FRAMINGHAM, USA: The global PC market grew 11 percent in the third quarter of 2010 (3Q10), nearly 3 percent below expectations.
According to the International Data Corp. (IDC) Worldwide Quarterly PC Tracker, constrained consumer spending resulted in a tepid back-to-school season but commercial refresh remained largely on schedule and the overall market improved in September compared to the earlier part of the quarter.
Moreover, the market still exhibited positive sequential growth over the second quarter which is the hallmark of third quarter activity. Shipments for most markets were relatively close to expectations, with Japan surpassing the forecast. The US saw the largest difference with forecast growth, coming in at a 3.8 percent year-on-year increase, which was well below 2Q10 growth of 11.7 percent and 3Q10 projections near 11 percent.
Continuing from trends seen in recent quarters, Desktop volume was supported by commercial purchases while consumer fatigue was evident on the Notebook side, with Mininotebook PC shipments continuing the recent trend of slowing growth.
"Despite a sluggish start, the quarter ended with a good rally in September which could be a good prelude for what is ahead," said Jay Chou, research analyst with IDC's Worldwide PC Tracker Program. "Lower PC component costs, budding excitement around new media-centric form factors and continued business buying should still make for a competitive holiday season.”
"Apple's influence on the PC market continues to grow, particularly in the US, as the company's iPad has had some negative impact on the mininotebook market. But, the halo effect of the device also helped propel Mac sales and moved the company into the number three position in the US market," said Bob O'Donnell, IDC vice president for Clients and Displays.
United States: Weak back-to-school sales and consumer fatigue characterized the market. The region grew 3.8 percent compared to a year ago, 7 percent below forecast, but still managed to record a positive sequential growth compared to the second quarter of 2010.
Europe, Middle East and Africa (EMEA): As expected maintained healthy double-digit growth in the back-to-school period, driven by continued recovery across the emerging markets and increasing business renewals in Western Europe. However, mininotebook demand continued to drop as anticipated leading to softer consumer growth.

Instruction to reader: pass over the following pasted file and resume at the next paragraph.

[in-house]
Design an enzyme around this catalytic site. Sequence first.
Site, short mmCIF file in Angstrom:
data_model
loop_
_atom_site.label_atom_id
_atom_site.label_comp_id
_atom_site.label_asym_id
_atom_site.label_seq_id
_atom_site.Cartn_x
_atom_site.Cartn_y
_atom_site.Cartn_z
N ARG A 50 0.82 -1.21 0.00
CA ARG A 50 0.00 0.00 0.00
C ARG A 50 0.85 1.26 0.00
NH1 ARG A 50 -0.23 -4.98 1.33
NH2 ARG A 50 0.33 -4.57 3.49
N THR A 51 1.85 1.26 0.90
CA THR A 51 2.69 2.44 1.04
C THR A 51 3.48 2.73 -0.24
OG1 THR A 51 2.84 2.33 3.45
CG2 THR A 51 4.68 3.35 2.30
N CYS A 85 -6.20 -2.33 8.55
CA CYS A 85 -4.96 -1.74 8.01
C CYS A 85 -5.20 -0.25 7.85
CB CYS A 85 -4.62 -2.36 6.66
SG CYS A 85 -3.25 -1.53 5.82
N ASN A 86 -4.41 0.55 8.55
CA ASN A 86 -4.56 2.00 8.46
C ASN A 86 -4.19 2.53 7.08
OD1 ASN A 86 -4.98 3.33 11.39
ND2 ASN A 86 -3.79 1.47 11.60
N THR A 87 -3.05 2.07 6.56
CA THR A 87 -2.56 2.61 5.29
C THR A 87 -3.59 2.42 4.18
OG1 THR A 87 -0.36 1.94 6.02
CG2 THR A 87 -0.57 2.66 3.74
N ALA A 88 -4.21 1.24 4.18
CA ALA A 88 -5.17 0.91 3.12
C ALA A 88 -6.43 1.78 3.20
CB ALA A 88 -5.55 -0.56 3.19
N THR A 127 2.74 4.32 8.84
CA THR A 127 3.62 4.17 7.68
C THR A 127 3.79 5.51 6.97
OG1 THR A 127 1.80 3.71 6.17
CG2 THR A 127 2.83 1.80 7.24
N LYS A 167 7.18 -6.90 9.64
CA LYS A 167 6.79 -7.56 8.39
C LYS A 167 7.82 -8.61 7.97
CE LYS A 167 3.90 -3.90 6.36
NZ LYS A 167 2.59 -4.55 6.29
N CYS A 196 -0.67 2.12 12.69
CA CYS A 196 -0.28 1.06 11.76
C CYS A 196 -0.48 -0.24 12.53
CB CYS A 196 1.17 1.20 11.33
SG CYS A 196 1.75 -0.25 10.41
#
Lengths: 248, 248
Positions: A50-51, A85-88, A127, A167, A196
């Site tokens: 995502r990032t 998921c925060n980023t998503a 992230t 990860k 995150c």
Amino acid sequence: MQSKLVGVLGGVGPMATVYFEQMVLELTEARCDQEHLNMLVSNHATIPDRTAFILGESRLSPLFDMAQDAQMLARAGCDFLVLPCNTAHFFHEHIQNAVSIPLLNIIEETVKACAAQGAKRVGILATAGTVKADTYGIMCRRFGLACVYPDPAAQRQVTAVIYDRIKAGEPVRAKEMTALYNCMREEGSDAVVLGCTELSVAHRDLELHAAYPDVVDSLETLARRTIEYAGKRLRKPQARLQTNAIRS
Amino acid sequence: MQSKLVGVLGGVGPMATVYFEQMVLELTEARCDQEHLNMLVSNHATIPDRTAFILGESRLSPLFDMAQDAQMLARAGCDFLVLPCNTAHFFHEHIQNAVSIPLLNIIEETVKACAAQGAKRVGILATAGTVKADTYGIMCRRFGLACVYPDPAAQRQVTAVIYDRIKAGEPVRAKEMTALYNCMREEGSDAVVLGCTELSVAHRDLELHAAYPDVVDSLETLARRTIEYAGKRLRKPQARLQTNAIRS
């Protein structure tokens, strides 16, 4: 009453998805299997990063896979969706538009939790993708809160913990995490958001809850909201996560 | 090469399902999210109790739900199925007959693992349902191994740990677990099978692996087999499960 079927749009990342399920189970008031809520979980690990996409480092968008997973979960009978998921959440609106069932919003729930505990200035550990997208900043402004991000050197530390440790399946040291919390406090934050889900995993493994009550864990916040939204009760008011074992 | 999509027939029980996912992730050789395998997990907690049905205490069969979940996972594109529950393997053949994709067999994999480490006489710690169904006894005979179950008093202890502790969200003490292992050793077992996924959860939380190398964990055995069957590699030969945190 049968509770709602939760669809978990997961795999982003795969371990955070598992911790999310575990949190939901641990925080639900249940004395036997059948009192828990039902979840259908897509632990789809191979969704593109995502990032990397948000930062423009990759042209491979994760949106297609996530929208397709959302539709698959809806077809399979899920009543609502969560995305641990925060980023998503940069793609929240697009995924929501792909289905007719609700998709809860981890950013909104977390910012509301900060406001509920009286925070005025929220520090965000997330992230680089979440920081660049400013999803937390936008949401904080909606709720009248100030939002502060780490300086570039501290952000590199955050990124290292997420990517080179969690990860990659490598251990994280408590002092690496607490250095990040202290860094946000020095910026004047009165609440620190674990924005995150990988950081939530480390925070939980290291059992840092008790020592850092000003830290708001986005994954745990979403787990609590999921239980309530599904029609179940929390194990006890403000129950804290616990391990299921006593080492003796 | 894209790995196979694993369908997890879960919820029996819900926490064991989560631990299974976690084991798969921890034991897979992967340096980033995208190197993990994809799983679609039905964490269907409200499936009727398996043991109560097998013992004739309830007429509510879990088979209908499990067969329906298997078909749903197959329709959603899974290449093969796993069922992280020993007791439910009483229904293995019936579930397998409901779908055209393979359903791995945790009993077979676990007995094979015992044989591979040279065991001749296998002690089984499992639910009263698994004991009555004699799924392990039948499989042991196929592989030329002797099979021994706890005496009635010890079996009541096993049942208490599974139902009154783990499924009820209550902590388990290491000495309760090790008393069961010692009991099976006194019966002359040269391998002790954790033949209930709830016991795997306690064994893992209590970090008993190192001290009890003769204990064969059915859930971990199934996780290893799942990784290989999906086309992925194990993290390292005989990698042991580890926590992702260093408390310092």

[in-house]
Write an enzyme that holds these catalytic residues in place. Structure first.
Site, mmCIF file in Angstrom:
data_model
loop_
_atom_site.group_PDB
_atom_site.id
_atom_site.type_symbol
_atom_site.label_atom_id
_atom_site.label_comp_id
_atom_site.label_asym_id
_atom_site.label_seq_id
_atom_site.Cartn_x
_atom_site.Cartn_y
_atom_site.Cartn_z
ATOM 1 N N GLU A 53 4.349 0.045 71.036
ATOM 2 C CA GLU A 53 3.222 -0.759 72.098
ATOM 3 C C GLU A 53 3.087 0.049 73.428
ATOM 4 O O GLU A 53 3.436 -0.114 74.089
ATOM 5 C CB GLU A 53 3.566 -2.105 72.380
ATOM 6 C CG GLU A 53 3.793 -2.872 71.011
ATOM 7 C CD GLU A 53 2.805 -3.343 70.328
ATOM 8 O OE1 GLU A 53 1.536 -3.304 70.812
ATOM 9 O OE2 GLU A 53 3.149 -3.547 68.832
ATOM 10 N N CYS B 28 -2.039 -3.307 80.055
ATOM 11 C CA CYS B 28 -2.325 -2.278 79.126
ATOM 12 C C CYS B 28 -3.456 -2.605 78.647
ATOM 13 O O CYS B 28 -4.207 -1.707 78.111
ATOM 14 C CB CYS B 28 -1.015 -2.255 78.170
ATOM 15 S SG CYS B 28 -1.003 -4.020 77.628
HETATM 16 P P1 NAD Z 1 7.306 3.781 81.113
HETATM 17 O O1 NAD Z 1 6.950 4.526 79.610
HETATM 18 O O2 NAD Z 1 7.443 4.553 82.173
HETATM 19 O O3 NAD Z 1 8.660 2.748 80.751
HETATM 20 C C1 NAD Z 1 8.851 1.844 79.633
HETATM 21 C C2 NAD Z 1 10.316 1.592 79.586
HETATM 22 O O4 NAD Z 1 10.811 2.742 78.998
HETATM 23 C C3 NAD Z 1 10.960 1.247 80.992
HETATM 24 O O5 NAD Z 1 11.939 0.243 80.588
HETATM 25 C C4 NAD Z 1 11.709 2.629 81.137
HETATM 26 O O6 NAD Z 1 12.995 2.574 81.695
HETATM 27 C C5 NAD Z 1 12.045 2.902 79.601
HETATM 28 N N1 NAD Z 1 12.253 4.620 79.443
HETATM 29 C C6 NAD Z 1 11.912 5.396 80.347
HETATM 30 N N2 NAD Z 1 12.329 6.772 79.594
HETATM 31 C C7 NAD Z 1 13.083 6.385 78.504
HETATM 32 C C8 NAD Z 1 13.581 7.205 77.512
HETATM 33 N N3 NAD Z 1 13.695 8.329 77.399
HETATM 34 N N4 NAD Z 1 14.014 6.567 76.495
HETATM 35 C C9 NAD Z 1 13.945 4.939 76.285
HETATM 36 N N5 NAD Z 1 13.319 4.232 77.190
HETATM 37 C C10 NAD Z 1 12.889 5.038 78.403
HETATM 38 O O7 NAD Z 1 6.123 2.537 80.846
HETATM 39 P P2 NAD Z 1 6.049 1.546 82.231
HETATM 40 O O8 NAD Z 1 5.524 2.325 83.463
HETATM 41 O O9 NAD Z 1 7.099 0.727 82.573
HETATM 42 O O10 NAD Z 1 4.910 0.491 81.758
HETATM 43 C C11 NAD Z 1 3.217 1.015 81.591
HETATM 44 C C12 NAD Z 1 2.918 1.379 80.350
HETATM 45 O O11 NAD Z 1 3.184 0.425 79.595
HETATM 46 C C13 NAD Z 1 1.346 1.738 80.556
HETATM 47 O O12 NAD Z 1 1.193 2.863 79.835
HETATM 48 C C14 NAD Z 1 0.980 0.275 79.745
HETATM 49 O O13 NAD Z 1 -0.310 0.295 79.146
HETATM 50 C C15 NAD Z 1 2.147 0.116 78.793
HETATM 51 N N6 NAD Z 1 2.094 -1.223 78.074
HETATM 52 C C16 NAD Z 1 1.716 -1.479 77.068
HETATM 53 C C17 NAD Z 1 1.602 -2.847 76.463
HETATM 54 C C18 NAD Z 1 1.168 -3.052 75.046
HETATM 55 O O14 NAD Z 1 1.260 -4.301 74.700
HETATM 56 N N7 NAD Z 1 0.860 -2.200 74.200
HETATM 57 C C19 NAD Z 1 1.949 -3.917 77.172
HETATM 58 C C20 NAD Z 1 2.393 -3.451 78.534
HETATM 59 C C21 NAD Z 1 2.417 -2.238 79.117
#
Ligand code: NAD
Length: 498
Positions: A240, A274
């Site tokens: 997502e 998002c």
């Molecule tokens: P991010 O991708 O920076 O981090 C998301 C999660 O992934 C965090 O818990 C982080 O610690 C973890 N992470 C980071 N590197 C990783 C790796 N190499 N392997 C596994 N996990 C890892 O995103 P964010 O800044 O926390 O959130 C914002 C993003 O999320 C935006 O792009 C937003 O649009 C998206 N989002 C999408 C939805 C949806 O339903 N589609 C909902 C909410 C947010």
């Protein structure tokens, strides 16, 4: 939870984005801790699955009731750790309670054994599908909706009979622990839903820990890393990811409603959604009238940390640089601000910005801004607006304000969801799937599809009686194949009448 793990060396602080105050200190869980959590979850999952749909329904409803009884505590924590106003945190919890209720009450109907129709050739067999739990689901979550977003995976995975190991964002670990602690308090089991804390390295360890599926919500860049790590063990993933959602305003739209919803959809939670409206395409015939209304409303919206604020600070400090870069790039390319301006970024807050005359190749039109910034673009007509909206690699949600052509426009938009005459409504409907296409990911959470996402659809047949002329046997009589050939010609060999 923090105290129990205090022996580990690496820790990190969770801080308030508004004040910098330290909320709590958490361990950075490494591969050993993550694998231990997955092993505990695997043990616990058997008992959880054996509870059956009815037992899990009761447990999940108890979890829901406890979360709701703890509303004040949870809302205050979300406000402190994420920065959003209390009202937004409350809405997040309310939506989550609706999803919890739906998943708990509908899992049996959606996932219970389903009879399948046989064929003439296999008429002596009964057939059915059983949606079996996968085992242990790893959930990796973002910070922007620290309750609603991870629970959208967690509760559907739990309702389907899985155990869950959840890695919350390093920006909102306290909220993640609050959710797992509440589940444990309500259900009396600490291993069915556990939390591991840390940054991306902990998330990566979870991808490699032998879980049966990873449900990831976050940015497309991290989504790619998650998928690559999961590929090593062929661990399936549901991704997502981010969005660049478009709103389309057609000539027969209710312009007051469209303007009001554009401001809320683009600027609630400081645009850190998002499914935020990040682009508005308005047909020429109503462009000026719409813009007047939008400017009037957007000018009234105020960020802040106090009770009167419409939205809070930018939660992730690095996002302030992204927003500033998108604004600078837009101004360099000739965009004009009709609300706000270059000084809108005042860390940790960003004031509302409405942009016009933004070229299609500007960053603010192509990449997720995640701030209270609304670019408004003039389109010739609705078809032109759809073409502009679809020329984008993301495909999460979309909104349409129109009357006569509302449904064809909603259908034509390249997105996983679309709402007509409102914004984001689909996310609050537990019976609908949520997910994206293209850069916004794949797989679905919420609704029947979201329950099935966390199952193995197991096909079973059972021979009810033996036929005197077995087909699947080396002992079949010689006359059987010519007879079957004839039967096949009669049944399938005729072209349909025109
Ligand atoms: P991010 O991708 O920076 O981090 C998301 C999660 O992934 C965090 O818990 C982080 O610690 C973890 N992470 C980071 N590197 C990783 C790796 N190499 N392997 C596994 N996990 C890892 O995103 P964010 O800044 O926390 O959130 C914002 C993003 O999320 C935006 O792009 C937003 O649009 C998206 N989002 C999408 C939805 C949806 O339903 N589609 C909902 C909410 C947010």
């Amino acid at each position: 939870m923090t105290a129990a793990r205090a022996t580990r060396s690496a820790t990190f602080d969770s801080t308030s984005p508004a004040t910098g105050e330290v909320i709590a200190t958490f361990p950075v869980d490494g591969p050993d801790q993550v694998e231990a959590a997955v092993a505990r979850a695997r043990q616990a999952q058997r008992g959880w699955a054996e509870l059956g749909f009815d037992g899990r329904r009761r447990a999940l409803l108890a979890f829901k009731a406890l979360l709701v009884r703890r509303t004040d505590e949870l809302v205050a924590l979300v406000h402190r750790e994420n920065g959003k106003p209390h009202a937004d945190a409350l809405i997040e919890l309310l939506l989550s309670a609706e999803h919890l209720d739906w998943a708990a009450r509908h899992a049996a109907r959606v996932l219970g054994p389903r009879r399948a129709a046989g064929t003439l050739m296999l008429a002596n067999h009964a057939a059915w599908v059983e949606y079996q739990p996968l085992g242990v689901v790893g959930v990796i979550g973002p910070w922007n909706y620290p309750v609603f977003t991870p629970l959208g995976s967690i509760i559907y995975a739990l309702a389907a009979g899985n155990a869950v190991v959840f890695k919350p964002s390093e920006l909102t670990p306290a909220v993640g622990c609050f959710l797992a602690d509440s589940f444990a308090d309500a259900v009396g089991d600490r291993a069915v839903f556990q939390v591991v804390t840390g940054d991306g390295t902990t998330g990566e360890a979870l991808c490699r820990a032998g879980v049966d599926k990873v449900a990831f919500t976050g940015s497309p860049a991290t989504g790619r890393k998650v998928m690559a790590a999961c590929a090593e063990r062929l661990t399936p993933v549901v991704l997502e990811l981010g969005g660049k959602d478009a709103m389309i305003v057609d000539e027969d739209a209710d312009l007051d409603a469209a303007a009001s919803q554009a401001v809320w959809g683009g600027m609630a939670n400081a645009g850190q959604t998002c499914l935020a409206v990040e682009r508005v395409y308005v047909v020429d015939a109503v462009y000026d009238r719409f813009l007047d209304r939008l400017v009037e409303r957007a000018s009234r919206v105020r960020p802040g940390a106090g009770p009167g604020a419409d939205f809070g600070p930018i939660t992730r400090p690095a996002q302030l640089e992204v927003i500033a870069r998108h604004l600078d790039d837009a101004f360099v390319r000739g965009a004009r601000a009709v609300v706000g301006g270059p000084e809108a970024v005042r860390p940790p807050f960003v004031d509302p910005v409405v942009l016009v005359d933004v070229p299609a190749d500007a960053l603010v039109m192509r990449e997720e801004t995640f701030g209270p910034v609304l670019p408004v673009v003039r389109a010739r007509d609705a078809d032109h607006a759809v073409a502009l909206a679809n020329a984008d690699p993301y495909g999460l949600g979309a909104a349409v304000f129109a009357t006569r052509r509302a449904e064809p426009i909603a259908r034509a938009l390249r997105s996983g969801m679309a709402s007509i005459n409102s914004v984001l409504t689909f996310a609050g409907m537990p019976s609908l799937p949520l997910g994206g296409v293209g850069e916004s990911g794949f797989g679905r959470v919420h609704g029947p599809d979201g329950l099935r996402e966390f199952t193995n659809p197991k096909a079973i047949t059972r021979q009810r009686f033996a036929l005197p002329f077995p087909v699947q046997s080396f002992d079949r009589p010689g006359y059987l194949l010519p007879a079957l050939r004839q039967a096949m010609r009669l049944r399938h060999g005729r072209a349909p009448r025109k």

Japan: This was the only region to exceed forecast. Stronger than expected activity in the enterprise and SMB sector helped propel the market.
Asia/Pacific (excluding Japan): The region came in about 2 percent below projections at 13 percent yearly growth, as retail inventory in China and Indonesia impacted notebooks there. Desktops were slightly stronger than expected, but it was not enough to completely offset notebooks.
HP had a flat year overall but and managed to grow almost 3 percent in the US channel issues in Asia/Pacific were a contributing factor.
Acer Group saw inventory issues cause backlog in the channel. Acer grew slightly slower than the market – primarily a result of strong year-ago performance. This was most evident in the United States and Japan, which saw the slowest growth. Meanwhile, Acer continued to make rapid gains in emerging markets.
Dell grew nearly 10 percent overall and its business in emerging markets remains robust.
Lenovo was strong across the board and gained more than 30 percent. Its desktop sales benefited from continued business renewal projects and held on to have impressive gains in all regions, including its home turf in Asia/Pacific.
ASUS continued to make strong gains across most regions despite having some inventory issues. Strong performance in Asia/Pacific helped it achieve growth of more than 30 percent.
Toshiba grew above market and saw shipments increase more than 14 percent for the quarter as its notebooks continued to find good reception in the Asia/Pacific (excl. Japan) region. The company also saw solid growth in the US and EMEA as well.